turn of mind is: How did Anna Maria
Island get its name?
Most people assume Anna Maria
is a Spanish name bestowed upon it by
an early explorer. That's reasonable
since Ponce de Leon, Hernando
DeSoto and a host of other Spaniards
of the 16th and 17th centuries passed
this way in their search for health and
wealth and immortality.
As the lyrics of Leonard
Bernstein's haunting love song put it,
"Maria" is a "most beautiful" name -
and to me, "Anna Maria" is doubly
beautiful. It conjures up a vision of a
dreamy-eyed Spanish senorita being
serenaded by her lover on a moonlit
night on a pearly beach on a distant
shore in a faraway time. In short, a
perfect name for an island.
The fact is, however, it was not
until 1943 that Washington, D.C,
made the name official. That doesn't
mean, of course, that the name
couldn't have been in used in times
gone by.
It was one of the 1894 Island
homesteaders, Captain John R. Jones,
who finally got the name on the fed-
eral records so the new city of Anna
Maria could have a first-class post of-
fice. And it was Jones, an Irish sea
captain and attorney, who gave cur-
rency to the Spanish connection in a
brief history of the Island he wrote in
1927. So far it's the only published
history, appearing in a little 1957
booklet distributed by Harry Varley,
who founded The Islander newspaper
in 1951.
Entitled "Anna Maria Key His-
torical Sketch of Gulf Island Written By
One of Its First Settlers," it starts out:
"When this Island was named and
charted is not known, outside of the
fact that it was before the state of
Florida became a portion of the United
States. On the old Spanish maps and
charts, we find it marked 'Ana-Maria
Cay,' and it is recorded that it was
named in honor of the mother of
Christ (Mary) and her mother, Ann.
"The Latin nations were accus-
tomed to give sacred names to many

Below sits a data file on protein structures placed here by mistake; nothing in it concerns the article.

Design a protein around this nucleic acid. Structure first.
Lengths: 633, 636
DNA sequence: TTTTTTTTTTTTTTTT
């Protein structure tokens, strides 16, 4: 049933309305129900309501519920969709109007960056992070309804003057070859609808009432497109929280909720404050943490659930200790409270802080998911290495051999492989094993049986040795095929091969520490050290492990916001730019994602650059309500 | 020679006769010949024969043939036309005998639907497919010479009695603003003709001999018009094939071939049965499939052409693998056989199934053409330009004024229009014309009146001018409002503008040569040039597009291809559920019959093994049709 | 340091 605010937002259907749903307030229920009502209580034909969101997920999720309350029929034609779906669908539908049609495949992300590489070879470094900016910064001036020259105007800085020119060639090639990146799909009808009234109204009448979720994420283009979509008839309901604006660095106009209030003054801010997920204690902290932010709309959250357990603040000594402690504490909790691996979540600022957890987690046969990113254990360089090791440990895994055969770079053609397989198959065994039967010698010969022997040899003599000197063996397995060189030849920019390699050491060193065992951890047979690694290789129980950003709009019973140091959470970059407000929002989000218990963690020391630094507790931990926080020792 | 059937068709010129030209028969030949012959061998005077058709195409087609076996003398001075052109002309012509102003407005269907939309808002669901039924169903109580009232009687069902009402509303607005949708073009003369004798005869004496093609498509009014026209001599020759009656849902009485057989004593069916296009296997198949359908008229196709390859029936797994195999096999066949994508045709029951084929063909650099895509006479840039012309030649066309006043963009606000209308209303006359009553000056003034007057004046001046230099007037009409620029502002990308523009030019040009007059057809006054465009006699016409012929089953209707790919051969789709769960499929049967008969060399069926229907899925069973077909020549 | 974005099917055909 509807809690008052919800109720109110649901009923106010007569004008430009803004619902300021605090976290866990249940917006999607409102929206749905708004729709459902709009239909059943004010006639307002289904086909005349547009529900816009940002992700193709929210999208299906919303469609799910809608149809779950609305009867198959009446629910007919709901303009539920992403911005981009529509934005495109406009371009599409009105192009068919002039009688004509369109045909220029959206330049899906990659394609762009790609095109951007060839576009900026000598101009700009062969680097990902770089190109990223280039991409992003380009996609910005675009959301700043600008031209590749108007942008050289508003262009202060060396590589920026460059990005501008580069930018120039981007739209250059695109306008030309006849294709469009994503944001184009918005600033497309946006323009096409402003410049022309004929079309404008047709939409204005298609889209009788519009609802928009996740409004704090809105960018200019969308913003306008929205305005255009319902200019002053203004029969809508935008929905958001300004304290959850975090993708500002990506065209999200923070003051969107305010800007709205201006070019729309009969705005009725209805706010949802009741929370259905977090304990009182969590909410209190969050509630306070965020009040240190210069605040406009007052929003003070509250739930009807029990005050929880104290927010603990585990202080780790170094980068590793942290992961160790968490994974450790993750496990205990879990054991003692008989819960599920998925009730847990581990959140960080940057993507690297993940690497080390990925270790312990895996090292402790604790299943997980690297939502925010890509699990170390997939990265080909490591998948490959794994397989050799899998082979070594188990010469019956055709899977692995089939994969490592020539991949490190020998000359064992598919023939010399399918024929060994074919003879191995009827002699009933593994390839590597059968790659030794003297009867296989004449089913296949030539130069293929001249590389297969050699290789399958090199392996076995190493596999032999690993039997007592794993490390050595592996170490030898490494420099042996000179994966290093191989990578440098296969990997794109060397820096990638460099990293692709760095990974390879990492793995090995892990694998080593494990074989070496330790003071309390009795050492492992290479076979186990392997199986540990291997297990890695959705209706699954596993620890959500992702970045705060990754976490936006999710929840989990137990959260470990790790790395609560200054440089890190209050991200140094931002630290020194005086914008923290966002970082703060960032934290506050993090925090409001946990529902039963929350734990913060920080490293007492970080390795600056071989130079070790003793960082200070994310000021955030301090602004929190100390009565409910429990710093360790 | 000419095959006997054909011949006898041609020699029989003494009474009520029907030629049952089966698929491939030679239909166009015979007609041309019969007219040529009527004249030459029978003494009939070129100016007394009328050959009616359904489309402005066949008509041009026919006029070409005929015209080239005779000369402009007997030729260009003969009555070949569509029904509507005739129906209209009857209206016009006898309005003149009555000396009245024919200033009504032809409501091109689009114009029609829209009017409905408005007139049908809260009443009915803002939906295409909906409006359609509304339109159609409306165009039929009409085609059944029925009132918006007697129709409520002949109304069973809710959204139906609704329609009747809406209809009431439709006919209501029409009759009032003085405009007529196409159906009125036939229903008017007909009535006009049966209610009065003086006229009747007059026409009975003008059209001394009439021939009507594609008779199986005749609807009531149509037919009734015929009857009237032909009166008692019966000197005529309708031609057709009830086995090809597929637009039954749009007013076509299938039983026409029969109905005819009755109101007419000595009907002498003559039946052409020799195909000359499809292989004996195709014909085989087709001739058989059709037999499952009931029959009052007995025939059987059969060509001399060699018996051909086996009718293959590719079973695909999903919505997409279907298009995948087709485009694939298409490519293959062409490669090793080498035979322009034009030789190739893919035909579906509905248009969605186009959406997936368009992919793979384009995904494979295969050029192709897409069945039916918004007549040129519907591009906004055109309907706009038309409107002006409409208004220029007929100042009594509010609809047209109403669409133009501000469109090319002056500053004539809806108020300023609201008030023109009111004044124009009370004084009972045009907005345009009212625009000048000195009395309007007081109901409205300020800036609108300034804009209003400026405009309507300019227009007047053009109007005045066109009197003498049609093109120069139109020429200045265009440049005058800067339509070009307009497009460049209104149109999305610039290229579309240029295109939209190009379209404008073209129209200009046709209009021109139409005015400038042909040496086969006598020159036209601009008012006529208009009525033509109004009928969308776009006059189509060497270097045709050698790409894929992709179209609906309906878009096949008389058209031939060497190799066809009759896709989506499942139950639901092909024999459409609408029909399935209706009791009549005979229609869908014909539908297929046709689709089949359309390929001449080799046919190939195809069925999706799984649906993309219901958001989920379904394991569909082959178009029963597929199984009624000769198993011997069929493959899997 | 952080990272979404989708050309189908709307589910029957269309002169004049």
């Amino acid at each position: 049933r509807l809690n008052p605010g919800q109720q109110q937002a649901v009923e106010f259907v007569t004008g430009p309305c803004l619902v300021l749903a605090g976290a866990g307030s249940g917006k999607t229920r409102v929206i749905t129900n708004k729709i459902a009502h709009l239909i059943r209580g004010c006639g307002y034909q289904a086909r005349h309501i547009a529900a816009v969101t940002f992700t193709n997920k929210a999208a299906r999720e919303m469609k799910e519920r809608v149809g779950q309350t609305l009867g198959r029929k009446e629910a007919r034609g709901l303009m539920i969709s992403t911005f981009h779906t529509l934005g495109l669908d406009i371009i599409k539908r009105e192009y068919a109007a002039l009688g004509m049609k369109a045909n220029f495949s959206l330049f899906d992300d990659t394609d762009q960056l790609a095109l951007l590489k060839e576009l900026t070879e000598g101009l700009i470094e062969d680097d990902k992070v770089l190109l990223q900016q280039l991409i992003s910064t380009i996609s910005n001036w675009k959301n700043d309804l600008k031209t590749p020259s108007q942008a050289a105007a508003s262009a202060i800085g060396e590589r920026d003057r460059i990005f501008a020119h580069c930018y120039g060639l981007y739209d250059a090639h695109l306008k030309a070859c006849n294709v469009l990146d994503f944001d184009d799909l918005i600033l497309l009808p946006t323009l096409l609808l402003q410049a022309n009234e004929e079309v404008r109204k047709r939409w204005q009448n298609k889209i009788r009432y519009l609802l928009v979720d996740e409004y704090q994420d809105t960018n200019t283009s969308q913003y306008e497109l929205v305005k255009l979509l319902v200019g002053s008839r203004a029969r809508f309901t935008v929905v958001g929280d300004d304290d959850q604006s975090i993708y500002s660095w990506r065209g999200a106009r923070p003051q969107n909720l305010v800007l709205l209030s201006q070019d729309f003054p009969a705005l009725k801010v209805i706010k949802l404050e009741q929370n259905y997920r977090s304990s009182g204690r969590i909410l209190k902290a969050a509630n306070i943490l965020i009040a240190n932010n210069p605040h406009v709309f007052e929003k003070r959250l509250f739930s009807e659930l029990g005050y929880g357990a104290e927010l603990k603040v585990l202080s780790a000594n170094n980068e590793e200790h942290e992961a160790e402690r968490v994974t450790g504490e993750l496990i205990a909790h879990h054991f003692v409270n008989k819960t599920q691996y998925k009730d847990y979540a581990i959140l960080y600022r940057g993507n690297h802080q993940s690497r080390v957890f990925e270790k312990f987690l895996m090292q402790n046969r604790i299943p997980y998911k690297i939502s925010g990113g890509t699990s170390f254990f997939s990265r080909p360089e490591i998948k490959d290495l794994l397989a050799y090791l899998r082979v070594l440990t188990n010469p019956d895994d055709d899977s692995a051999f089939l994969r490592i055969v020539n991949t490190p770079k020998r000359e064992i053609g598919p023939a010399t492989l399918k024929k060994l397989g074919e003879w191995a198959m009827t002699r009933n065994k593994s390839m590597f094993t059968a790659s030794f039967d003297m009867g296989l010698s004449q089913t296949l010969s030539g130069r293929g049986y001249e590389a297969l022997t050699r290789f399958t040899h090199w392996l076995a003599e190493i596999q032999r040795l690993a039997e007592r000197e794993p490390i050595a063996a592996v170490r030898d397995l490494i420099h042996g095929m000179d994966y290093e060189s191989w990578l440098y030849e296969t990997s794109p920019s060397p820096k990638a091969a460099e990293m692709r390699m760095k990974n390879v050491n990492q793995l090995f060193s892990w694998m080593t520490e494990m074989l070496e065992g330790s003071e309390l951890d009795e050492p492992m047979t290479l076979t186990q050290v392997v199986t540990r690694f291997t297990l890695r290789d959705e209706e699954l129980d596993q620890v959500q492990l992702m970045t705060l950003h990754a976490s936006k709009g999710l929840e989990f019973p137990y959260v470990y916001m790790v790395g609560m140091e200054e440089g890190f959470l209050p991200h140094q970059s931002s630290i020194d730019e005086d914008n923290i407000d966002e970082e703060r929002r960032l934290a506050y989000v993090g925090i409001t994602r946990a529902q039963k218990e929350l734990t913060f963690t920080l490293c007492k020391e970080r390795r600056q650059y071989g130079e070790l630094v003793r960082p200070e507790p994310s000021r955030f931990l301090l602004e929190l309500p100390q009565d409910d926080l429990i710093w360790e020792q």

places discovered and settlements es-
tablished by them. For example,


Tampa Bay is noted on these old
maps as 'Espiritu Sanctu' (Holy
Spirit) bay. The name Anna in Span-
ish is spelled with one 'N' and the
name Maria is Spanish for Mary. The
letter 'I' in that language has the
sound of our letter 'E' and to be cor-
rect should be so pronounced."
In support of his viewpoint Cap-
tain Jones pointed out that traces of
Spanish fishing camps had been
found on the Island and that a well in
what is now part of Bradenton Beach
was called the "old Spanish well."
Sounds authoritative, doesn't it?
But not everyone was buying Jones'
conclusion about the origin of the
island's monicker. It was news to a
lot of folks whose families like the
Joneses had started in the 1880s to
come to the Island from Polke and
Hillsborough counties to fish and
camp and enjoy the soothing waters.
Jones was a smart feller all right,
they reckoned, but he was full of
blarney. In 1927, remember, the
Florida Boom had just gone bust. He
was interested in promoting his Is-
land developments.
So most folks went right on pro-
nouncing Anna Maria just as they'd
always pronounced it: "Anna Mar-
eye-er." They weren't exactly sure
but some said it was two Scottish
lassies the Island was named for, and
that was the way the Scots talked.
The matter became a touchy one
after World War II when Yankee
hordes descended on Florida. They
were amused at the way the ignorant
locals mispronounced the Island's
name which annoyed those locals
no end.
It all came to a head when in
1948, the Island Women's Club
posted notices all over town that
Anna Maria was to be pronounced
properly, with the long "E" in the
middle. And then in 1951, beginning
in the first several issues of the new
Islander newspaper, Editor Varley
joined the ladies in their campaign.

Next:
An early case
of political
correctness